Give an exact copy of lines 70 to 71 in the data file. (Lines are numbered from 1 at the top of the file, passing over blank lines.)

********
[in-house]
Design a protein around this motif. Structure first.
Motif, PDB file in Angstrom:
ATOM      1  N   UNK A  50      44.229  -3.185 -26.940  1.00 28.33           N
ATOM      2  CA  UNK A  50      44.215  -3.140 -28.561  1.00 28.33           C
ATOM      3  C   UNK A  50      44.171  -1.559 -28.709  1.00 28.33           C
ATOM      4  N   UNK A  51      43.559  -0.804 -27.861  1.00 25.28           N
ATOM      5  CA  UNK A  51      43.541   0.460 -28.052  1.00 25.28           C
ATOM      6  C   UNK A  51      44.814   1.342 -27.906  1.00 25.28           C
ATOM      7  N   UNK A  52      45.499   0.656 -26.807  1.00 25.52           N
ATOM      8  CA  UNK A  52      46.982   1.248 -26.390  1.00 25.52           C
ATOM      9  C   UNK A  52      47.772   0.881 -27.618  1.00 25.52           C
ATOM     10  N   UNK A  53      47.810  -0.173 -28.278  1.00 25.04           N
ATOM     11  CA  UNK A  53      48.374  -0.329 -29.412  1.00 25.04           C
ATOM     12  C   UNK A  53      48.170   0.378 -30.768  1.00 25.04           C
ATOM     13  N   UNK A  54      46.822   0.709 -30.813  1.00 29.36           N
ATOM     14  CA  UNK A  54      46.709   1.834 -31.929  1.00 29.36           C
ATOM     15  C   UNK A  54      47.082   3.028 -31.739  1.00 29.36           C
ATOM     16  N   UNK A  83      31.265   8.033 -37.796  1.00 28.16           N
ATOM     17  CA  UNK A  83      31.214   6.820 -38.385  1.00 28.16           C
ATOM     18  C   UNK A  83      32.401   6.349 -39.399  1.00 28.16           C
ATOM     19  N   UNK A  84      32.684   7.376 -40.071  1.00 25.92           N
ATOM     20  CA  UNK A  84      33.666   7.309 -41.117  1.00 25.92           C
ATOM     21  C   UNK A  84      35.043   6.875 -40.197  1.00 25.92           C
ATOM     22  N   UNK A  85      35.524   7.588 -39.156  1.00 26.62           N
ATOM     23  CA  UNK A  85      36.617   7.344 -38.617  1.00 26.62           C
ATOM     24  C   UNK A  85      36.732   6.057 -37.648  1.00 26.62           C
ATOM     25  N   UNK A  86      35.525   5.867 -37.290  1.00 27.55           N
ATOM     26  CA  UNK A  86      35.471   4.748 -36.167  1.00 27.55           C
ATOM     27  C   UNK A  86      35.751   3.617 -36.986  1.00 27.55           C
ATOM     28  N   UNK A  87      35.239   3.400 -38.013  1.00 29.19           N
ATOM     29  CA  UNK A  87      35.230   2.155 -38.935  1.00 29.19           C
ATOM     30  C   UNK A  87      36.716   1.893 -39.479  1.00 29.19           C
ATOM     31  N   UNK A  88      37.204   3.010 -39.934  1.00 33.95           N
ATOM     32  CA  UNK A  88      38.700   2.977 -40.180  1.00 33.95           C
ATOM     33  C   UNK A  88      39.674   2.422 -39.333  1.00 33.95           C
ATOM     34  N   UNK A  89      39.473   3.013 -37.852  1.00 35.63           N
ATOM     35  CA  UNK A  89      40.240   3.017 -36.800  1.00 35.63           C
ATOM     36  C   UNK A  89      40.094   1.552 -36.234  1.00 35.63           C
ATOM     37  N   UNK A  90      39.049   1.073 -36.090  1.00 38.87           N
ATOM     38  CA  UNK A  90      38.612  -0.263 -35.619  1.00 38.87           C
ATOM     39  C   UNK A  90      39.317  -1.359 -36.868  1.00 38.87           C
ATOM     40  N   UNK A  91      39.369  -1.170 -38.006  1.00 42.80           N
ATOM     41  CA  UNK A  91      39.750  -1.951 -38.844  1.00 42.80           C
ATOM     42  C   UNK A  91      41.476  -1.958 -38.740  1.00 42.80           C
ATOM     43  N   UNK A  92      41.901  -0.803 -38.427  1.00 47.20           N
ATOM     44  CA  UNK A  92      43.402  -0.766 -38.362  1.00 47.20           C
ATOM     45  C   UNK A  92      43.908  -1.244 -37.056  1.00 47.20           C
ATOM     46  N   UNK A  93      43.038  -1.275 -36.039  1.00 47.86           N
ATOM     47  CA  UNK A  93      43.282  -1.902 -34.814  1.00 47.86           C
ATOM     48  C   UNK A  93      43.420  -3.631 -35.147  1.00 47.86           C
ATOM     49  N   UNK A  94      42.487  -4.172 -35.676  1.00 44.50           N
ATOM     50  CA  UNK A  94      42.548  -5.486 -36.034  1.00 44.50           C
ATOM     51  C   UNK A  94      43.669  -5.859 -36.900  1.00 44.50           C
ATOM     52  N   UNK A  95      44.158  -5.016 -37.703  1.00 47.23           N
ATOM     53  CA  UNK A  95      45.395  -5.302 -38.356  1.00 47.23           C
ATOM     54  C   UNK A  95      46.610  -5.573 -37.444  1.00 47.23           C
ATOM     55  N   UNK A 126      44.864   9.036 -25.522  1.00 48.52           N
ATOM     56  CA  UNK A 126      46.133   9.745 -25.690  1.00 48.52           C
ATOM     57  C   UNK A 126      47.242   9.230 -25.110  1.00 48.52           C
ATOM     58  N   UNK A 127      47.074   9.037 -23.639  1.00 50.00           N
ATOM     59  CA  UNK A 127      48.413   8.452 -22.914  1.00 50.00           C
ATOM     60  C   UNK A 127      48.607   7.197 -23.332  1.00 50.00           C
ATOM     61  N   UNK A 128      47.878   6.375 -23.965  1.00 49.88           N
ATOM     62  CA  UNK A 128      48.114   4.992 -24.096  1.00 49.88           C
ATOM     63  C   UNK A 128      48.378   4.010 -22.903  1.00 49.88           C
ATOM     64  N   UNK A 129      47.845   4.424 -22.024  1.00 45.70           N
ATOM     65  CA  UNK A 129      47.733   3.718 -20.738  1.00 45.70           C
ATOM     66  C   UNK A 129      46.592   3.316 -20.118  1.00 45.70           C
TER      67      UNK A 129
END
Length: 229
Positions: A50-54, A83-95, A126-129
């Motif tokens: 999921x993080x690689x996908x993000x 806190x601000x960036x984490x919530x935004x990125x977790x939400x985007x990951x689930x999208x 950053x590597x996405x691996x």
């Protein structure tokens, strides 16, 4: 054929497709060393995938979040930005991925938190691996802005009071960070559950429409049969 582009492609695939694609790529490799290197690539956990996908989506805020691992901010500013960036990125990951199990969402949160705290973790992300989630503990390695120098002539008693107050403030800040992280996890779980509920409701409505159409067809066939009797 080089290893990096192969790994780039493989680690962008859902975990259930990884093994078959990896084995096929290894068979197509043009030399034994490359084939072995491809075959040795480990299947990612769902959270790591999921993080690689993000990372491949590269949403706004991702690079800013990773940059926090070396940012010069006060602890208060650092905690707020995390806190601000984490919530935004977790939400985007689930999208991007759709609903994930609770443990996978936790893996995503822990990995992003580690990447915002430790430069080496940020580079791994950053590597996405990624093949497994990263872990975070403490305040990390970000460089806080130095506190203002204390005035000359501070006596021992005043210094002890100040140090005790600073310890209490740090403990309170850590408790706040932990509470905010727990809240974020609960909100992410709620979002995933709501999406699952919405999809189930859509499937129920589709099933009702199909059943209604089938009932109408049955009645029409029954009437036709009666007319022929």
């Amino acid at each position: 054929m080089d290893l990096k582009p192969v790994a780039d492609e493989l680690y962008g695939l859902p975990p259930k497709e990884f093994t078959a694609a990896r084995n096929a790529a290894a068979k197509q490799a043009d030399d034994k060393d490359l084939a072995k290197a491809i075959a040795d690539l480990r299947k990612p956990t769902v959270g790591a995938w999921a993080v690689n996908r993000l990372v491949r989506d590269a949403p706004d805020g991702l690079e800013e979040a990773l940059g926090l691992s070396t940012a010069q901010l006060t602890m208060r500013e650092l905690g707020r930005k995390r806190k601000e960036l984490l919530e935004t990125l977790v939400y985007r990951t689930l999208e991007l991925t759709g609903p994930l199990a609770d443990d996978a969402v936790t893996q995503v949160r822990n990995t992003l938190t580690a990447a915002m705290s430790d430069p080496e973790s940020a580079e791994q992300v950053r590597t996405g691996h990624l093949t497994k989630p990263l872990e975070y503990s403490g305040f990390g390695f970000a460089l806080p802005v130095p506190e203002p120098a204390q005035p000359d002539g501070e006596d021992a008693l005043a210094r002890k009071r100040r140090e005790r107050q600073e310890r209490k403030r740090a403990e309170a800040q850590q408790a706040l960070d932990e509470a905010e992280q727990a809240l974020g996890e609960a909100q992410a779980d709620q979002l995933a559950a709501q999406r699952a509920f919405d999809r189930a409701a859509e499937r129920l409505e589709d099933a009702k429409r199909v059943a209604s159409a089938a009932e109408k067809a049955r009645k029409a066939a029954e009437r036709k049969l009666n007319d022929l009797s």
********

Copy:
TER      67      UNK A 129
END